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Exclusive: Petal raises $200M debt facility to expand access to credit

A hand extending from a laptop screen reaches for a credit card

Illustration: Rebecca Zisser/Axios

Consumer credit card startup Petal has raised a mix of debt and equity to expand its lending capacity and serve more users, the company tells Axios exclusively.

Why it matters: The new financing will enable Petal to expand its credit card program at the same time other lenders are tightening their access to credit.

Details: Petal secured a $200 million debt facility from Victory Park Capital, an alternative investment firm specializing in private credit.

  • The company raised $20 million more in equity financing from existing investors, adding to $35 million in funding it announced in May.
  • It also agreed to a multi-year extension of existing term loan facilities and closed a new term loan facility for up to $20 million from Trinity Capital.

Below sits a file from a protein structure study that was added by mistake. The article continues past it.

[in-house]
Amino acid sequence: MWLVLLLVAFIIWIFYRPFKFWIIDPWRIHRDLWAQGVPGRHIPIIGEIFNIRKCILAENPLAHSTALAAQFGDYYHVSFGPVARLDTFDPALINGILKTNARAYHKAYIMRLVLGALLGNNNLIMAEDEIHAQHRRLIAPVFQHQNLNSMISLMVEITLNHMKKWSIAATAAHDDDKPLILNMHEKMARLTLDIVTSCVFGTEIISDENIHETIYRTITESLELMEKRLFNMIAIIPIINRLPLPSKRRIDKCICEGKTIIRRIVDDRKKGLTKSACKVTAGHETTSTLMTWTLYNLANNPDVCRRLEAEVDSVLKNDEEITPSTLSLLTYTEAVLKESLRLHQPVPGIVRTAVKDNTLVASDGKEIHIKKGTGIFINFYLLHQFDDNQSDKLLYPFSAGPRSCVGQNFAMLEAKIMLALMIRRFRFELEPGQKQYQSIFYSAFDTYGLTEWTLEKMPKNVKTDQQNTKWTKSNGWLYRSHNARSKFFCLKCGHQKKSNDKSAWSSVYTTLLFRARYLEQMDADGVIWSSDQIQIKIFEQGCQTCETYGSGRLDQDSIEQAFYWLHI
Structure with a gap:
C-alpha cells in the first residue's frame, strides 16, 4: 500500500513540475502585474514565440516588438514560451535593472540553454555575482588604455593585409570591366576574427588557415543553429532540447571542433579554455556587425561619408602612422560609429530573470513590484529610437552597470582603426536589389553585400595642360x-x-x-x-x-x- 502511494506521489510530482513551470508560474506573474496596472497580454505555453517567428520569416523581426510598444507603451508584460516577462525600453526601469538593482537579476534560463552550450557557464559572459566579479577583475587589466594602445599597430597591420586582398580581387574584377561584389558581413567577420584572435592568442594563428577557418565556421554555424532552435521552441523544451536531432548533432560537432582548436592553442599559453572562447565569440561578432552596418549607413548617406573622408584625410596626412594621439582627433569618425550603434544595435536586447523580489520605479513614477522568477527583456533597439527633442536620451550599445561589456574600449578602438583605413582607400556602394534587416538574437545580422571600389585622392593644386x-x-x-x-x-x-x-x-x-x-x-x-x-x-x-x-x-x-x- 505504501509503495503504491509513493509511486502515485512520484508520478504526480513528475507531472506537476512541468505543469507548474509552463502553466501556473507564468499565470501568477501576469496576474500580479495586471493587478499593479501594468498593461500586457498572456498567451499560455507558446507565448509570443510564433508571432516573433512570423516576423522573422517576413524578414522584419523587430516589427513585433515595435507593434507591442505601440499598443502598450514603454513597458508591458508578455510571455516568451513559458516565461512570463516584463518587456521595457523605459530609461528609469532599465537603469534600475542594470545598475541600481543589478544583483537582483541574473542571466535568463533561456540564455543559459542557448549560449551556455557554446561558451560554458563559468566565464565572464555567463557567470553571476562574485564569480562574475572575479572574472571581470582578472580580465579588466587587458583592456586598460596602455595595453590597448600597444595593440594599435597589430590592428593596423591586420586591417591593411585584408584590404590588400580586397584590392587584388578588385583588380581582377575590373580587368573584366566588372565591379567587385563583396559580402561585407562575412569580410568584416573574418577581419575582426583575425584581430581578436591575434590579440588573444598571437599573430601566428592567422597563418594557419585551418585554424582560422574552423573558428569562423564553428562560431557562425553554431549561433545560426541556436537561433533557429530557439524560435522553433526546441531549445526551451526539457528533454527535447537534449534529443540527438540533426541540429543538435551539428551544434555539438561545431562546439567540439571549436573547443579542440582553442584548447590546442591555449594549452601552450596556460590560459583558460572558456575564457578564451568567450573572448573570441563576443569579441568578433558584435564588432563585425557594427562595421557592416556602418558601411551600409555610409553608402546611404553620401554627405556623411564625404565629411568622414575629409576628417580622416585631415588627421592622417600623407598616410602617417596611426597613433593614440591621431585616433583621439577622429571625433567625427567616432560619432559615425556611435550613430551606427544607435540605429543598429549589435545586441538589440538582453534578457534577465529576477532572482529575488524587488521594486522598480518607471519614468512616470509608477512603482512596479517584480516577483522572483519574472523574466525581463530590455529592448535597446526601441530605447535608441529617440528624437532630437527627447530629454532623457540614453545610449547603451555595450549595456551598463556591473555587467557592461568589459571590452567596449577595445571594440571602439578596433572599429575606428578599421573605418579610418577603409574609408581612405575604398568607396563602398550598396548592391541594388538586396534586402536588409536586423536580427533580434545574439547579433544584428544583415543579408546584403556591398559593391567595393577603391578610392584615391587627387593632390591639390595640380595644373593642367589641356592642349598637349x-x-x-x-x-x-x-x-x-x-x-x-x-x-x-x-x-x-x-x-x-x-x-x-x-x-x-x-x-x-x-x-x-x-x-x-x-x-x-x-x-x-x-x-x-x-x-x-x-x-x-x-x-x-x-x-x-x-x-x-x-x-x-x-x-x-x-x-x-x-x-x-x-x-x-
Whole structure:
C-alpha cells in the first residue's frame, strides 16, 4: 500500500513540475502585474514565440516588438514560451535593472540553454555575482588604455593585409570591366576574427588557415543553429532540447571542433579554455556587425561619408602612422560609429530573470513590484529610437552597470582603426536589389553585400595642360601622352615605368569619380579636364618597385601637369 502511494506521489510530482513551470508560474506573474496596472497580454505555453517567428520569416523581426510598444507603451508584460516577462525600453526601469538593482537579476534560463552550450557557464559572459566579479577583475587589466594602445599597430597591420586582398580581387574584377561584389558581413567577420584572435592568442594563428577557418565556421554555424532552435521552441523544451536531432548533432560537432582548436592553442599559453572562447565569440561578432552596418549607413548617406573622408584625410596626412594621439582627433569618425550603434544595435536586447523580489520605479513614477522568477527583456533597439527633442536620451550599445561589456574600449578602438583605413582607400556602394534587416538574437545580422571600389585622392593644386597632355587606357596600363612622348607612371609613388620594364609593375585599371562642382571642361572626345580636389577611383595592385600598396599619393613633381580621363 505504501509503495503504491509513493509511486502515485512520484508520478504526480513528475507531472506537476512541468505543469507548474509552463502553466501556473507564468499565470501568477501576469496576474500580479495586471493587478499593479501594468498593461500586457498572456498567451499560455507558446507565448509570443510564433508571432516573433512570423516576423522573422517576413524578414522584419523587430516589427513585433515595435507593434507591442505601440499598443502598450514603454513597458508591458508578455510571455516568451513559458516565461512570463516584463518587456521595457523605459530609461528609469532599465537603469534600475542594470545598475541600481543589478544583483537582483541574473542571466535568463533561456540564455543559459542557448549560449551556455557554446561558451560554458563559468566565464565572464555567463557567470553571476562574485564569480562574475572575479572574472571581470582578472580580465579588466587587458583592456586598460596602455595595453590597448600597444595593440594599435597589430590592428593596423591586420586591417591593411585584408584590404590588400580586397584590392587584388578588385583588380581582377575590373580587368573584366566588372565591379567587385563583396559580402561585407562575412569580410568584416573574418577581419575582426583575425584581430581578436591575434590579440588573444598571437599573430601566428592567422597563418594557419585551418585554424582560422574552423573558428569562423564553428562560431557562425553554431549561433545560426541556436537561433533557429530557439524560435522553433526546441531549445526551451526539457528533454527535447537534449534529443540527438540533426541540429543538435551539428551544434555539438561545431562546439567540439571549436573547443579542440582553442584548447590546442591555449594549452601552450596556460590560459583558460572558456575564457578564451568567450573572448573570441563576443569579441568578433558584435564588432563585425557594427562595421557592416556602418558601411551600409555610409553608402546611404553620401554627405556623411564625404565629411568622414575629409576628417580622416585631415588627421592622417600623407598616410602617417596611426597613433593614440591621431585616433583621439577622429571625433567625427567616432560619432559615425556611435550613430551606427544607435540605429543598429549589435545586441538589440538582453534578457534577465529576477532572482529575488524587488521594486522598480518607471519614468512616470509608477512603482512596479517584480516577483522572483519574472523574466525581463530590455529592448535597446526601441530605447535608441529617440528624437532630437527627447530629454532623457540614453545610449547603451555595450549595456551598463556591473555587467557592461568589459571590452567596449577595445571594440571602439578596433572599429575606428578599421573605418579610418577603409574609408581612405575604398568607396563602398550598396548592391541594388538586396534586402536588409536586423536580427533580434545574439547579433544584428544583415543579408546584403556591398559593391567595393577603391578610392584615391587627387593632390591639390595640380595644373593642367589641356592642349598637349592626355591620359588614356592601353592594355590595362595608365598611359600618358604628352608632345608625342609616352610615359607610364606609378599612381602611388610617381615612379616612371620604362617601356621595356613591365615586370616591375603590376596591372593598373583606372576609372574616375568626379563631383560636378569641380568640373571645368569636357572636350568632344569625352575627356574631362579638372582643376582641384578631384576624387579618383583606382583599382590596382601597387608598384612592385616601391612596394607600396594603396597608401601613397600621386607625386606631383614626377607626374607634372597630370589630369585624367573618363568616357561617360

How it works: With its mobile app and Visa credit card, Petal helps consumers with little or no credit history responsibly build their credit.

  • Rather than relying on credit scores for underwriting, the company uses bank account transaction data to determine the creditworthiness of consumers based on earning, saving, and spending trends.

Between the lines: Doing so enables Petal to extend credit to users who usually wouldn't qualify for a credit card from a bank like Chase or Capital One.

  • It says more than 40% of consumers approved for a Petal card in the last year were turned down by another credit card provider before applying.

State of play: Petal's plan to expand its credit capabilities runs counter to broader industry trends, especially to the thin-file consumers that it serves.

  • "It's harder to get credit today than it's been in many years, as a result of a number of factors," Petal founder Jason Rosen says.
  • "You have a weaker economy. You have the meltdown among regional banks going on earlier this year. You have fintech companies that are struggling and credit scores that were inflated by the pandemic," he added.

The big picture: Recent St. Louis Fed data show that — excluding the 2008 financial crisis and the early days of the Covid pandemic — standards for credit card underwriting have tightened to their highest levels since the 90s.

  • That's led to credit card rejection rates rising to their highest levels in five years, according to the New York Fed.

Of note: Since being founded in 2016, the company has raised more than $300 million in equity capital and more than $680 million in debt financing.

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